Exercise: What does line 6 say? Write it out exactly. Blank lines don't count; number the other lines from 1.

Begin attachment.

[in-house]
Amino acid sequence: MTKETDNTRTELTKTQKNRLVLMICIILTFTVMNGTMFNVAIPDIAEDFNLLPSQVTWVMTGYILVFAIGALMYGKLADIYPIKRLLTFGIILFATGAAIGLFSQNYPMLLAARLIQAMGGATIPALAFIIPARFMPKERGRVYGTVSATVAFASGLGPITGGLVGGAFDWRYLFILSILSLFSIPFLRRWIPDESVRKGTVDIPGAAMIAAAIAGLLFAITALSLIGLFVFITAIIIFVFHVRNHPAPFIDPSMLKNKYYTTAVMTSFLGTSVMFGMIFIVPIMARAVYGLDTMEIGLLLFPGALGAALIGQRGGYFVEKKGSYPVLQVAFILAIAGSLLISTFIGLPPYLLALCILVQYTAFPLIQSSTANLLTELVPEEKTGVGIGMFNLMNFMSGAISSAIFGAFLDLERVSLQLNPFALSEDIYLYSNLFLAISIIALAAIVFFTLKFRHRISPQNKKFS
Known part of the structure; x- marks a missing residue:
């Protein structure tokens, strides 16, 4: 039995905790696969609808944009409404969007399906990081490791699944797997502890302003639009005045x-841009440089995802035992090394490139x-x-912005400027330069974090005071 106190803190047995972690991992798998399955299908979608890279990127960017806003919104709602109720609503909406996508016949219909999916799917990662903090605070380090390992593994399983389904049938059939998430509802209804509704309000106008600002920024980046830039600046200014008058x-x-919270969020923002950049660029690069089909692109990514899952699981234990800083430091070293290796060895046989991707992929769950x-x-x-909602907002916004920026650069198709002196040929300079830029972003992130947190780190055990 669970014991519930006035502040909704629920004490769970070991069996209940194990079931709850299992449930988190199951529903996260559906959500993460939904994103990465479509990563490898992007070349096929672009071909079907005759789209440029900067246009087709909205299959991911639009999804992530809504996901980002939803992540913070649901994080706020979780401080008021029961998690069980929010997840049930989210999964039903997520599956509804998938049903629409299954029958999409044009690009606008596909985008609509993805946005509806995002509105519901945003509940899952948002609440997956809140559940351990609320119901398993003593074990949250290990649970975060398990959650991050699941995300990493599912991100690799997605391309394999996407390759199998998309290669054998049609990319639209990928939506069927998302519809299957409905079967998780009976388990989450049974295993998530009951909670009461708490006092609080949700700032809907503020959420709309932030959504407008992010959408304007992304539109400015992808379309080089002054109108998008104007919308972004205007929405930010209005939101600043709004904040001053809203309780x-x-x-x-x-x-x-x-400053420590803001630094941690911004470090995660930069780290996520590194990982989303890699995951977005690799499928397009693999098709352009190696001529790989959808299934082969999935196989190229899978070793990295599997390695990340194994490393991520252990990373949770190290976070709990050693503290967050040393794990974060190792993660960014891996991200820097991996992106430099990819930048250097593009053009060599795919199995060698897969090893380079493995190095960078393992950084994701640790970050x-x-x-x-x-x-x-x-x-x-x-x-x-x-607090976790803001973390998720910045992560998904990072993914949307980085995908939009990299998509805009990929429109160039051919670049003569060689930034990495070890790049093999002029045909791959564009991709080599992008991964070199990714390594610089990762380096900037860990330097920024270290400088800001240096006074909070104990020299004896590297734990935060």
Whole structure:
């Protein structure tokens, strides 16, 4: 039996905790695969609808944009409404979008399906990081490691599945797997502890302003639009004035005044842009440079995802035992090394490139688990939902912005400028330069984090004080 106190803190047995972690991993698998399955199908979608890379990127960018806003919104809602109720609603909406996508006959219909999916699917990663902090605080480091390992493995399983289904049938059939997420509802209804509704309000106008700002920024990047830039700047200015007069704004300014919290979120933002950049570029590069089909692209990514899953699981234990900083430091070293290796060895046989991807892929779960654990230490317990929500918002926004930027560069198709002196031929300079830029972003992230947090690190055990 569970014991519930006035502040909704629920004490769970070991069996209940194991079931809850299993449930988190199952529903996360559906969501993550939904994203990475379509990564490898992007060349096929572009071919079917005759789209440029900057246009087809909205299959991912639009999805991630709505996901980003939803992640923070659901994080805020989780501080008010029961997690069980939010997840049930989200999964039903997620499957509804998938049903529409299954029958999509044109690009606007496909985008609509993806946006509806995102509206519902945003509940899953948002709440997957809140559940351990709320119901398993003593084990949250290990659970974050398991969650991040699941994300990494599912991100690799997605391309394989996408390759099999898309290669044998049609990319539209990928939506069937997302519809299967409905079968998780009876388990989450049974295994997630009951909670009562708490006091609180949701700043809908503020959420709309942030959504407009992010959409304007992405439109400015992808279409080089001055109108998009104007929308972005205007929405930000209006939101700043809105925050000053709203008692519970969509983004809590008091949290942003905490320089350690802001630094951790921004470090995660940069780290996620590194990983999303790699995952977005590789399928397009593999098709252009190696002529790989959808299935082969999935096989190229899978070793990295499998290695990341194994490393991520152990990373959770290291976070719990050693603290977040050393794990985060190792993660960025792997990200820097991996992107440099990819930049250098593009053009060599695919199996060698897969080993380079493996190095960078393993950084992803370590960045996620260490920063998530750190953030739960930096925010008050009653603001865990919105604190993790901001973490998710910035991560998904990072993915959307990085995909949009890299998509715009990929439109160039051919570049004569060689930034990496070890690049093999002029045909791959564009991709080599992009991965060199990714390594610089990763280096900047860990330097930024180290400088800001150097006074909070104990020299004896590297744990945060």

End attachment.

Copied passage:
């Protein structure tokens, strides 16, 4: 039996905790695969609808944009409404979008399906990081490691599945797997502890302003639009004035005044842009440079995802035992090394490139688990939902912005400028330069984090004080 106190803190047995972690991993698998399955199908979608890379990127960018806003919104809602109720609603909406996508006959219909999916699917990663902090605080480091390992493995399983289904049938059939997420509802209804509704309000106008700002920024990047830039700047200015007069704004300014919290979120933002950049570029590069089909692209990514899953699981234990900083430091070293290796060895046989991807892929779960654990230490317990929500918002926004930027560069198709002196031929300079830029972003992230947090690190055990 569970014991519930006035502040909704629920004490769970070991069996209940194991079931809850299993449930988190199952529903996360559906969501993550939904994203990475379509990564490898992007060349096929572009071919079917005759789209440029900057246009087809909205299959991912639009999805991630709505996901980003939803992640923070659901994080805020989780501080008010029961997690069980939010997840049930989200999964039903997620499957509804998938049903529409299954029958999509044109690009606007496909985008609509993806946006509806995102509206519902945003509940899953948002709440997957809140559940351990709320119901398993003593084990949250290990659970974050398991969650991040699941994300990494599912991100690799997605391309394989996408390759099999898309290669044998049609990319539209990928939506069937997302519809299967409905079968998780009876388990989450049974295994997630009951909670009562708490006091609180949701700043809908503020959420709309942030959504407009992010959409304007992405439109400015992808279409080089001055109108998009104007929308972005205007929405930000209006939101700043809105925050000053709203008692519970969509983004809590008091949290942003905490320089350690802001630094951790921004470090995660940069780290996620590194990983999303790699995952977005590789399928397009593999098709252009190696002529790989959808299935082969999935096989190229899978070793990295499998290695990341194994490393991520152990990373959770290291976070719990050693603290977040050393794990985060190792993660960025792997990200820097991996992107440099990819930049250098593009053009060599695919199996060698897969080993380079493996190095960078393993950084992803370590960045996620260490920063998530750190953030739960930096925010008050009653603001865990919105604190993790901001973490998710910035991560998904990072993915959307990085995909949009890299998509715009990929439109160039051919570049004569060689930034990496070890690049093999002029045909791959564009991709080599992009991965060199990714390594610089990763280096900047860990330097930024180290400088800001150097006074909070104990020299004896590297744990945060």